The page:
While Trump Orders Pension Fund to Halt Chinese Investments, Fidelity and Renaissance Have Increased Shares of Mining Company Canaan Inc
Fidelity, one of the world’s largest investment management companies, is increasing its stake in Canaan Inc, the second-largest mining machine producer. Canaan was the second mining machine producer to IPO last year, just trailing Bitmain in its IPO timing as well as market share.
As shown by filings data retrieved by Blockbeats, by March 31, Fidelity has increased its holdings of 2,338,558 shares of Canaan. Cumulative holding shows ownership of 1.49% of Canaan’s shares. In addition, hedge fund Renaissance technology also purchased 17,400 shares.
Other notable investors include large asset management firm Invesco and Wells Fargo & Company.
It is worth noting that for the past quarter, the share price of Canaan has reached the lowest point since IPO, which may be driven by the expiration of early shareholders’ lockup period that occurred on May 19th, along with the decline of mining activity after the Bitcoin halving. Nevertheless, the low price may also be a welcoming and opportunistic time for investors to enter.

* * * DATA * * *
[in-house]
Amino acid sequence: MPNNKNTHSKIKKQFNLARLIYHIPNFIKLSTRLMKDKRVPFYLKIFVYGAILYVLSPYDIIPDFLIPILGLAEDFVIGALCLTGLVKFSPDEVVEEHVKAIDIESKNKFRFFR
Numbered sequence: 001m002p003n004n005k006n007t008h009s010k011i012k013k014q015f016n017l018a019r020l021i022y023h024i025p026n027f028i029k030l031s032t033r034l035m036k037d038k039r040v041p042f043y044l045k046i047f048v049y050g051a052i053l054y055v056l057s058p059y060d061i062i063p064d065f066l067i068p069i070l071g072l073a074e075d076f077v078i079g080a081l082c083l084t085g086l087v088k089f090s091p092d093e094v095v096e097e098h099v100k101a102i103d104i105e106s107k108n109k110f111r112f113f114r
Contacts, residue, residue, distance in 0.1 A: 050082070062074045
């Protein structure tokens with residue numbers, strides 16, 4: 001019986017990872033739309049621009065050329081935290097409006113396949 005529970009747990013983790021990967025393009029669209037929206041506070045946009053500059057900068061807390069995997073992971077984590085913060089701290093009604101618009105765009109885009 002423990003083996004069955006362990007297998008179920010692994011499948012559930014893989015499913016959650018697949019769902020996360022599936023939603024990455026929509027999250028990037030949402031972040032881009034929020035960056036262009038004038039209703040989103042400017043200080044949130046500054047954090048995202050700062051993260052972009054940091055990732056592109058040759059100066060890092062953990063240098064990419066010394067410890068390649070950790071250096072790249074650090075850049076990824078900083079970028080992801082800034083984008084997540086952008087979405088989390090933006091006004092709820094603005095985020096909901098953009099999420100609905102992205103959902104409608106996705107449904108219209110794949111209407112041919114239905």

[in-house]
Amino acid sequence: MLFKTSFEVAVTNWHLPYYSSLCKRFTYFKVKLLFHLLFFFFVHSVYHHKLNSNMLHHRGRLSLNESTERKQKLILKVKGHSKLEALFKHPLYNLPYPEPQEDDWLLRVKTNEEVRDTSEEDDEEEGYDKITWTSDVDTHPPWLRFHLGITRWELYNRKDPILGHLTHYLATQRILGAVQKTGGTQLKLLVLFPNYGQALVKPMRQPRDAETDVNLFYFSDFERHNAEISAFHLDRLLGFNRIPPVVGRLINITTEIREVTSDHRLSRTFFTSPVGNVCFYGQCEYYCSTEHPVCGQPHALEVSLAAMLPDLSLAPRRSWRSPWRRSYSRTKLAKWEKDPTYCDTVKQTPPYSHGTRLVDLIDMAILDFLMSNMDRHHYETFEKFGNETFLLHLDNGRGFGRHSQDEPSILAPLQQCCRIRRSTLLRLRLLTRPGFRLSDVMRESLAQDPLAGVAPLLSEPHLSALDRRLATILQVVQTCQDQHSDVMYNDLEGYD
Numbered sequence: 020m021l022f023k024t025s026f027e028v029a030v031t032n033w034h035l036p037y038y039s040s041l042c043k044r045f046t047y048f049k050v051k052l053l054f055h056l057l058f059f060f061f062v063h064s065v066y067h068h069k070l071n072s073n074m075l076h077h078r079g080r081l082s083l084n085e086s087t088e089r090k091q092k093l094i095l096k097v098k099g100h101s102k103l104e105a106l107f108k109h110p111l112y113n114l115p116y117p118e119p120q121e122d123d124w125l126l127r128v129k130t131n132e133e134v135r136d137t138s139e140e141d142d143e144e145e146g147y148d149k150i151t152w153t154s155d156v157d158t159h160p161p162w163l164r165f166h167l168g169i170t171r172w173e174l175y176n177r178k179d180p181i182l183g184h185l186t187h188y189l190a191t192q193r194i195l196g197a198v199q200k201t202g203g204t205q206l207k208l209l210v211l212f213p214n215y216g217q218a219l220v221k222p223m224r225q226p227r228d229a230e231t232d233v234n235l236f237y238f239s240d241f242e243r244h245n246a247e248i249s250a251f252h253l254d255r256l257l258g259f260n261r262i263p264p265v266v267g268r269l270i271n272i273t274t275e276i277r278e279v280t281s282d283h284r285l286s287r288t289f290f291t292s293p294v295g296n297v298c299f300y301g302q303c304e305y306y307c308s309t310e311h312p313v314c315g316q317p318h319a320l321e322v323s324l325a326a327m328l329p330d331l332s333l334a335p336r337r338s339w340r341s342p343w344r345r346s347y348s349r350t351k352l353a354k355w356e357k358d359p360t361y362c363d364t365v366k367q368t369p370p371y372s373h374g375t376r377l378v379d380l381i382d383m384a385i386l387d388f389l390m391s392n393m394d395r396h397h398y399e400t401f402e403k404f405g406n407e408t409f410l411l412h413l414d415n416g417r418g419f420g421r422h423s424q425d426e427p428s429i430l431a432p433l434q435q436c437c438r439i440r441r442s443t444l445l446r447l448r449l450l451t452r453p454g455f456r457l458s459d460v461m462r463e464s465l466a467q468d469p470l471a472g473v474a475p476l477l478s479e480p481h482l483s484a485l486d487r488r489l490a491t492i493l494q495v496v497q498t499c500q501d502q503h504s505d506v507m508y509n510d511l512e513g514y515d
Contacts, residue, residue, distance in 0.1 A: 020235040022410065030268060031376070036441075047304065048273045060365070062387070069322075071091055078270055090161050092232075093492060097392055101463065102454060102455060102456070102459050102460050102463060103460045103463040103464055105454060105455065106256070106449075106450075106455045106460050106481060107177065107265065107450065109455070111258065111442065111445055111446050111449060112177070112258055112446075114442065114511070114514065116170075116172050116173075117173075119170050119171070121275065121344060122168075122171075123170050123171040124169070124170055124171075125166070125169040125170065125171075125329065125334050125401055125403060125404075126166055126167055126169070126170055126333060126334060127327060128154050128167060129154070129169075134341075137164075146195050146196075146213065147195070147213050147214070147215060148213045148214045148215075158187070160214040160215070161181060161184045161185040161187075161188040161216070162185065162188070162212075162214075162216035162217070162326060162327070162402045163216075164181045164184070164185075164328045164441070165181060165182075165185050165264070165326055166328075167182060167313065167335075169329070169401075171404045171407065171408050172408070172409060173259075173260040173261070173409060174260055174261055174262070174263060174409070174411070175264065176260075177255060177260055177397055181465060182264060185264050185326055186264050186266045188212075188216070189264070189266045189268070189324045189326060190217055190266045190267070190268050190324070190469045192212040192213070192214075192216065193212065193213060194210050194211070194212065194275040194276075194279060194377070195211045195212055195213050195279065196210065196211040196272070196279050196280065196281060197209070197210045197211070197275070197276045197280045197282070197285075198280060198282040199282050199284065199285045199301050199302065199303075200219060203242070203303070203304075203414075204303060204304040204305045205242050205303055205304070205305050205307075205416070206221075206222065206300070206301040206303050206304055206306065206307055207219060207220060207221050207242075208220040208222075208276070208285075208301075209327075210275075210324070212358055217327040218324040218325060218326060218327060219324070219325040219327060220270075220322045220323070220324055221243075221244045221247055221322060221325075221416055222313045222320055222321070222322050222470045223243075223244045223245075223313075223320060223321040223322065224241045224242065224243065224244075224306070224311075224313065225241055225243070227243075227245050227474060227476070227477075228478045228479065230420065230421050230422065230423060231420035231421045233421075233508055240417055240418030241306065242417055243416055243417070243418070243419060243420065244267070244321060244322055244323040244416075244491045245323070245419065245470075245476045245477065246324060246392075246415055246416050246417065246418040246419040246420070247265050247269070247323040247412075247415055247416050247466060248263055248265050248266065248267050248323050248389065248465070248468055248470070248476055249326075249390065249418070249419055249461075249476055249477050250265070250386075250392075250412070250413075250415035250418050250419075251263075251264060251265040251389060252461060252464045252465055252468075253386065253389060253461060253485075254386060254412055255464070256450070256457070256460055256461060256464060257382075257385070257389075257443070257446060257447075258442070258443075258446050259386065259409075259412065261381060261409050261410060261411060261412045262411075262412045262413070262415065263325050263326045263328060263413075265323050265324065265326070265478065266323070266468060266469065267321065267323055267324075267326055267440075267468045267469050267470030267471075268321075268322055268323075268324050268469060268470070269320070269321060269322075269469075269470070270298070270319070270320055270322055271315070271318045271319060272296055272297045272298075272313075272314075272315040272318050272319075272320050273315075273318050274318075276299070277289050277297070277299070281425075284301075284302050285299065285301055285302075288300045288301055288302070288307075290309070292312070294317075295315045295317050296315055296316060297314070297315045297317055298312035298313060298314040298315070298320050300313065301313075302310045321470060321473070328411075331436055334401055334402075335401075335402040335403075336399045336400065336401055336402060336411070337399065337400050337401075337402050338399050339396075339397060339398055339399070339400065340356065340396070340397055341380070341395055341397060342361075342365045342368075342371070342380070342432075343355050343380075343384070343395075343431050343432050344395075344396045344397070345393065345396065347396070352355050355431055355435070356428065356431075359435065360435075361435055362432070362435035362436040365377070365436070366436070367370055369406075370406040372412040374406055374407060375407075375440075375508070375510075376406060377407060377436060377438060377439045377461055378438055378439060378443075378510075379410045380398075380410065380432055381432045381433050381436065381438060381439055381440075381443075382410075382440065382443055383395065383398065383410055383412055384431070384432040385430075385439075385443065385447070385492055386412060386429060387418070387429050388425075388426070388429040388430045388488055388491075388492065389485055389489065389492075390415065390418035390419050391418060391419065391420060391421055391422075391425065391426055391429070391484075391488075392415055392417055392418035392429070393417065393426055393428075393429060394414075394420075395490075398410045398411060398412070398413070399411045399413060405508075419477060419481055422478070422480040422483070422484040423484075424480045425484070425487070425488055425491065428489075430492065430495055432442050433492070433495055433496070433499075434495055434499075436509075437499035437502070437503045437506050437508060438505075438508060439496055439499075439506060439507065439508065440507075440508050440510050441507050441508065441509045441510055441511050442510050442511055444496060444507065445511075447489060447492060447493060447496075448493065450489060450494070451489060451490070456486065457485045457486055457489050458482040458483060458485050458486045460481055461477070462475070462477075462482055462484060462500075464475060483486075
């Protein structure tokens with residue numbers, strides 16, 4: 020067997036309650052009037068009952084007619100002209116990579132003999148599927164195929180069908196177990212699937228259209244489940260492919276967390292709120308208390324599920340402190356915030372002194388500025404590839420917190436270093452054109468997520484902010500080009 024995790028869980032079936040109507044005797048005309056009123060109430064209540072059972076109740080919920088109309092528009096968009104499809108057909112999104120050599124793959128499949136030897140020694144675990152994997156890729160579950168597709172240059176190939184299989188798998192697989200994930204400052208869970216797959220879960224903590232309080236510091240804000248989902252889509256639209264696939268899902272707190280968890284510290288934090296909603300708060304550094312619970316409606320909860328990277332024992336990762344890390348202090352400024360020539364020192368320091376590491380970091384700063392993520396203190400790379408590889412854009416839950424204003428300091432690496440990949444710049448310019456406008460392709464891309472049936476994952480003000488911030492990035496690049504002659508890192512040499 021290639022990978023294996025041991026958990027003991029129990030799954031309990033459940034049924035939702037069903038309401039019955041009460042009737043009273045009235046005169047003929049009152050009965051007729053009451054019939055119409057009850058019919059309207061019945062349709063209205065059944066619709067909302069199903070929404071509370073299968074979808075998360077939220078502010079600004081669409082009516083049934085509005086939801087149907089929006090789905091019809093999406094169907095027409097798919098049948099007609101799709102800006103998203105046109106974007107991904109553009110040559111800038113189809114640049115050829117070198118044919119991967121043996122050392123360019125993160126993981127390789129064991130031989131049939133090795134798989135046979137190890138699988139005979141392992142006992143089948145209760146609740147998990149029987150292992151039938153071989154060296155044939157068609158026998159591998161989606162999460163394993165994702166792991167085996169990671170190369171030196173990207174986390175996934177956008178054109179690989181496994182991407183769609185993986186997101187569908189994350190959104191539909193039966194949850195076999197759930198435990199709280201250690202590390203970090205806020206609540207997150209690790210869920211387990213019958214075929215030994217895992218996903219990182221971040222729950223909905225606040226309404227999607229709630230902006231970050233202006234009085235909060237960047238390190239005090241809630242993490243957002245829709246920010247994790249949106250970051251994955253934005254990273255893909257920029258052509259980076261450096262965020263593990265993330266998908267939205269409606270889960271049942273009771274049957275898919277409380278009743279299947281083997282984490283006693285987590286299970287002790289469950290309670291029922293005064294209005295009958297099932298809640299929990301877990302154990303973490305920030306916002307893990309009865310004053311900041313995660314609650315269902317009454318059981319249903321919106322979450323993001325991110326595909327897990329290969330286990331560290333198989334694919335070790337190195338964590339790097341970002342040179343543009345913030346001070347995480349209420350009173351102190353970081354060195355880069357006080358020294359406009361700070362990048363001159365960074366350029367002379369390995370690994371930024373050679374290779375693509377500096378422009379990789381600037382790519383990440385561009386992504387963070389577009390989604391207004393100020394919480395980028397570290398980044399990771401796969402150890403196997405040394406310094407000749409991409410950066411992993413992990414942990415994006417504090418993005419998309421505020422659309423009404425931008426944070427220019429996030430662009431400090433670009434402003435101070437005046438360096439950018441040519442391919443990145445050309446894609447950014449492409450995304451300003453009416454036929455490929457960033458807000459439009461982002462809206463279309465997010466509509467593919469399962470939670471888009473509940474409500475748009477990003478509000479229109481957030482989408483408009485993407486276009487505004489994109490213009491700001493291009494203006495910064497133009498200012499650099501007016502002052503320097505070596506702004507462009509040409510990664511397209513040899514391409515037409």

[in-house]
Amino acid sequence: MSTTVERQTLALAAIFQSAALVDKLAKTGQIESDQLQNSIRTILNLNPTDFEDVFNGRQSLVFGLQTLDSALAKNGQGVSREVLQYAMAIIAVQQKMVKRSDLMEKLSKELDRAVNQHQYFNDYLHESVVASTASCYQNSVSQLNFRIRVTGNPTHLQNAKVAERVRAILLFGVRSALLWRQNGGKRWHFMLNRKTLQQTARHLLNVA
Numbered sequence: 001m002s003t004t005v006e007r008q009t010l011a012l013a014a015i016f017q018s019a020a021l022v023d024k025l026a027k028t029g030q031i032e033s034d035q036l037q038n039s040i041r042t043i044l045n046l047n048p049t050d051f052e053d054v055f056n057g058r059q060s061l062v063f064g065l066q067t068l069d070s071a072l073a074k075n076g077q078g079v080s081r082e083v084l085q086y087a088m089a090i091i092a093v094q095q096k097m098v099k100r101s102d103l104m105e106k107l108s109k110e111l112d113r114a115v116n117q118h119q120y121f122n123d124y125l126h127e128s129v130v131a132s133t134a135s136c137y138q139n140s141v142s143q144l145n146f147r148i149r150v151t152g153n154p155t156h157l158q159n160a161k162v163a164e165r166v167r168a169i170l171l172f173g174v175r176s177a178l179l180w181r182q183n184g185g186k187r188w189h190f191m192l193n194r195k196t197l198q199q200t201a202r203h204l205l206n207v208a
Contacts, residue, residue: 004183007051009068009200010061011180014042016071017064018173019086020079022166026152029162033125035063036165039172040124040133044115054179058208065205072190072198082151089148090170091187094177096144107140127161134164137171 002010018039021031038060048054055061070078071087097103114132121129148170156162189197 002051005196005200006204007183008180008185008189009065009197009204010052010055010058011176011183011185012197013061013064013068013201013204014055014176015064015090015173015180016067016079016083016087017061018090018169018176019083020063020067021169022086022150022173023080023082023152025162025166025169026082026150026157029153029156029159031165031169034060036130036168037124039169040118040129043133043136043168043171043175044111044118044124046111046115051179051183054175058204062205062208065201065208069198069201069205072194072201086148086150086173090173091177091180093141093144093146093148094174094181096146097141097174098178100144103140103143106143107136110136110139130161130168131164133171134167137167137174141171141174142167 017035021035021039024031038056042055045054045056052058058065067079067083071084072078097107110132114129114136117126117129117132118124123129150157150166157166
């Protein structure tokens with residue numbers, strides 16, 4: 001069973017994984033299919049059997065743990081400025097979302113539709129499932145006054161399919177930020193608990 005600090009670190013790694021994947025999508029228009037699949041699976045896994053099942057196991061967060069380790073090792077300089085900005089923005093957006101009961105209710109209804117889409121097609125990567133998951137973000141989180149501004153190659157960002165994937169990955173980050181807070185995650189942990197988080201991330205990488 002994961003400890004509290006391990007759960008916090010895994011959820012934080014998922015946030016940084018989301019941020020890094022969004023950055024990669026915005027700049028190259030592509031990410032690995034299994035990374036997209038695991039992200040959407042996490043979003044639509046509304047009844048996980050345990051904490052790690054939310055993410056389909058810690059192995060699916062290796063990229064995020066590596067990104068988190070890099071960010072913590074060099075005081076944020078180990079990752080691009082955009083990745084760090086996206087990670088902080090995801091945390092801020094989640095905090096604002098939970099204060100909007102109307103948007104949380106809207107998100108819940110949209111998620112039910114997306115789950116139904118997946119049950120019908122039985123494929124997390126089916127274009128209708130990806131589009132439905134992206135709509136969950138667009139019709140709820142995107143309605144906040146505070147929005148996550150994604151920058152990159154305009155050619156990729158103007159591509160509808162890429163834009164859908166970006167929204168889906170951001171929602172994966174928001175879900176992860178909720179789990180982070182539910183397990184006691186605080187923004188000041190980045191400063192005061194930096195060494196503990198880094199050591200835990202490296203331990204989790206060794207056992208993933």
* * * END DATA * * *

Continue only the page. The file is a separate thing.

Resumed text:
While most large funds such as Fidelity and Renaissance have one or multiple EMEA or China-specific investment teams, the large holding by Fidelity seems to demonstrate a strong conviction in Chinese companies as well as cryptocurrency.
In fact, Fidelity is notable as one of the most enthusiastic institutions in the traditional financial industry about cryptocurrency. It was one of the first investment companies to invest in bitcoin mining, and the company has made large-scale investments. It is also one of the few companies that has obtained a New York state bitcoin operating license. Recently, Fidelity announced that they have invested $ 14.20 million in the Hong Kong cryptocurrency exchange OSL.
Such behavior seems to contradict Trump’s urge to decrease investment in China. As Mr Trump has been criticised for his handling of the pandemic, he has blamed China and suggested that Beijing would pay a price.
As of May 21, President Donald Trump has ordered the main federal government pension fund not to invest its portfolio in Chinese companies, which his administration says pose a serious national security risk to the US. Nevertheless, it appears other large independent hedge funds and asset management firms have yet to curtail their ownerships.